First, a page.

It's been one month since the last major release and we've made significant improvements to Jest since. In this major release we are updating the snapshot format we are using which will likely require snapshots to be updated when upgrading Jest. We don't make these changes lightly and don't expect this to happen often but we think it is necessary to improve the format from time to time.
Upgraded CLI #
Jest 16 features a new reporter interface that shows running tests as well as a live summary and a progress bar based on the estimated test runtime from previous test runs. We also improved the CLI output to work better with different color schemes. If there were test failures in a previous run, Jest will now always run those tests first to give useful signal to users as quickly as possible.
We also added a lot of new features which you may find useful:
- New CLI flags were added: A
-t <pattern>option was added to filter tests from the command line much like
fitdoes in tests.
- Previously failed tests now always run first.
jest <pattern>is now case-insensitive to make it easier to filter test files.
- A test run in watch mode can now be interrupted. During a test run, simply press any of the keys used for input during watch mode (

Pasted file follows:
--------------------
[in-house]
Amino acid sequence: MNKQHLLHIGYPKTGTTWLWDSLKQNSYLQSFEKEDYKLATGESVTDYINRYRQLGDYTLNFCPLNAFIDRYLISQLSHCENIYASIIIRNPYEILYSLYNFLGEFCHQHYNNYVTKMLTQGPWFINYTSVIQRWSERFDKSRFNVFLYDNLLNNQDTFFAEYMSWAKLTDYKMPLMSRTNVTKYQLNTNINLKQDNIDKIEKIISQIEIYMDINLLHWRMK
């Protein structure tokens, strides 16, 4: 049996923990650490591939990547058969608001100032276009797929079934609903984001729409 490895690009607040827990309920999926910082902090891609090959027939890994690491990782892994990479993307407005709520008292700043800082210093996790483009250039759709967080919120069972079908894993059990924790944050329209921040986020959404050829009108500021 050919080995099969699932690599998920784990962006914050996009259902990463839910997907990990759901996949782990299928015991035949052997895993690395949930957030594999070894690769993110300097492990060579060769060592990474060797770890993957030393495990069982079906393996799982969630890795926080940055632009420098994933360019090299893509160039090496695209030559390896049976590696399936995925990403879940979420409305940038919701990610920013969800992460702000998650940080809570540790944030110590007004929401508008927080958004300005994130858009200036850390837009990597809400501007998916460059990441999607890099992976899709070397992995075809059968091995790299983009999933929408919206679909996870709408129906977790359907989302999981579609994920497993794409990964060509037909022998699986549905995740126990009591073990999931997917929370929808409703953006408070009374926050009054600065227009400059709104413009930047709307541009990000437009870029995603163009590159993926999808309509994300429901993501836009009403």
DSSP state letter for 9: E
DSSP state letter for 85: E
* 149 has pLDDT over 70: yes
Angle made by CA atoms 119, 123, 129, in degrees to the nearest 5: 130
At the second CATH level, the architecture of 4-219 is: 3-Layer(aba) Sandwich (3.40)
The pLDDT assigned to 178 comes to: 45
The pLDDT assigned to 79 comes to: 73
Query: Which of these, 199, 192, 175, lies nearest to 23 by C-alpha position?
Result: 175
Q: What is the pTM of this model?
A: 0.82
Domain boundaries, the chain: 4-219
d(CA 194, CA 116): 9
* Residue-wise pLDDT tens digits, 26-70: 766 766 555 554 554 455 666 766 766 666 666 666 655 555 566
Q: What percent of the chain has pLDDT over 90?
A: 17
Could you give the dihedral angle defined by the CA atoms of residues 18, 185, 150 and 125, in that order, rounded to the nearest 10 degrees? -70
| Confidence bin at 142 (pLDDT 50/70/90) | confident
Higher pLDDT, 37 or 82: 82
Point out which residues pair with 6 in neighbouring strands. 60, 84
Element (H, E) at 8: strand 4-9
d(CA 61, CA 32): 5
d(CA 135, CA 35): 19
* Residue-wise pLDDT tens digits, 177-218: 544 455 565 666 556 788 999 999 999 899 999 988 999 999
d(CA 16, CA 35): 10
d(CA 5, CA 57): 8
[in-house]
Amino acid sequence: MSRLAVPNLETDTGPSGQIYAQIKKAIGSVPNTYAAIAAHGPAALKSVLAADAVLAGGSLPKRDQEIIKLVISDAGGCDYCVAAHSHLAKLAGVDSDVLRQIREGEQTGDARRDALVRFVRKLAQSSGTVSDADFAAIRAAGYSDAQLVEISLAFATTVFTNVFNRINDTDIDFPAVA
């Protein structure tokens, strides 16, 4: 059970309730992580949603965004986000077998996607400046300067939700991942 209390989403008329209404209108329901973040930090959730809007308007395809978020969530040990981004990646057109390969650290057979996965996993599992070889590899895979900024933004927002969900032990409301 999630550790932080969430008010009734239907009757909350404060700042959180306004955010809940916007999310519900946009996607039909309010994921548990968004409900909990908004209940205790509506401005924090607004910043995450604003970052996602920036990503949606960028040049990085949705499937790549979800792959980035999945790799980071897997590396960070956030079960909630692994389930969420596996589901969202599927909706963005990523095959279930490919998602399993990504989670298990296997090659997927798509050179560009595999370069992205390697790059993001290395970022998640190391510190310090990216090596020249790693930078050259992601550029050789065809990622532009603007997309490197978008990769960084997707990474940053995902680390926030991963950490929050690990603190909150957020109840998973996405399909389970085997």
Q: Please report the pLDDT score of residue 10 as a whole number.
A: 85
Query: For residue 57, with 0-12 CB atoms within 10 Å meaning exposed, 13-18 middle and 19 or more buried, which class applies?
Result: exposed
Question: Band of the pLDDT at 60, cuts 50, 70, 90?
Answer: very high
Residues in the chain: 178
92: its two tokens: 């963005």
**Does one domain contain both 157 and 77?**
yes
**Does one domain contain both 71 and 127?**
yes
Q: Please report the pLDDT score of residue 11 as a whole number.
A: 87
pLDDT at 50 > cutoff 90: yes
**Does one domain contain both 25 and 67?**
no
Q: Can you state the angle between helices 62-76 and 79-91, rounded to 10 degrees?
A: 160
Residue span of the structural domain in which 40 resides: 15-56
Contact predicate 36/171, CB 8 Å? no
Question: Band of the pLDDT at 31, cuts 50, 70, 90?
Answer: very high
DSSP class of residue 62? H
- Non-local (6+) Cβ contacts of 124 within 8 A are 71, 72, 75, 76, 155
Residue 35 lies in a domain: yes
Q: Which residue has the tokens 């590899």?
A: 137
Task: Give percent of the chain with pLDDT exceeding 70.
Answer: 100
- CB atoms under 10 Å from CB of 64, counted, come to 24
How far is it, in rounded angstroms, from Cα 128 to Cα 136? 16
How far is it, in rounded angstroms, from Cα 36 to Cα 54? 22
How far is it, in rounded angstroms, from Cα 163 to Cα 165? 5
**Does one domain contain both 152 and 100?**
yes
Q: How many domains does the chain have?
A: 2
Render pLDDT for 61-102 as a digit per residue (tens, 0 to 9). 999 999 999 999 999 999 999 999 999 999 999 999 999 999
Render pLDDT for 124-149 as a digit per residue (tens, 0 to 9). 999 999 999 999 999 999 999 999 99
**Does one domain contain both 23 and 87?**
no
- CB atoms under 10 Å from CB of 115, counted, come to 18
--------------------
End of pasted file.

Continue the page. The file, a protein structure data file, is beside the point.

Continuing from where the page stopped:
enter) to abort a test run and start a new one.
--bailflag now also works in watch mode. Together with running failed tests first, Jest's watch mode will now feel turbocharged!
- Jest now automatically considers files and tests with the
- Jest warns about duplicate manual mock files and we improved automatically created mocks for ES modules compiled with babel.
jest.clearAllMocksfunction was added to clear all mocks in between tests.
- We improved module resolution when
- Finally, a
--findRelatedTests <fileA> <fileB>cli option was added to run tests related to the specified files. This is especially helpful as a pre-commit hook if you'd like to run tests only on a specified set of files that have tests associated with them.
This is what Jest looks like when a test run is interrupted in watch mode:
Snapshot Updates #
Jest's snapshot implementation was completely rewritten. The new version of the
jest-snapshot package is now structured in a way that allows for easier integration into other test runners and enables more cool integrations like with React Storybook. Jest doesn't mark snapshots as obsolete in a file with skipped or failing tests. We also made a number of changes to the snapshot format:
- Objects and Arrays are now printed with a trailing comma to minimize future changes to snapshots.
- We removed function names from snapshots. They were causing issues with different versions of Node, with code coverage instrumentation and we generally felt like it wasn't useful signal to show to the user that the name of a function has changed.
- Snapshots are now sorted using natural sort order within a file.
When upgrading to Jest 16, the diff might look similar to this one:
Test Library Updates #
We finished the migration of Jasmine assertions to the new Jest matchers. We added three new matchers:
toThrowErrorMatchingSnapshot . We have more readable failure messages for the spy/mock matchers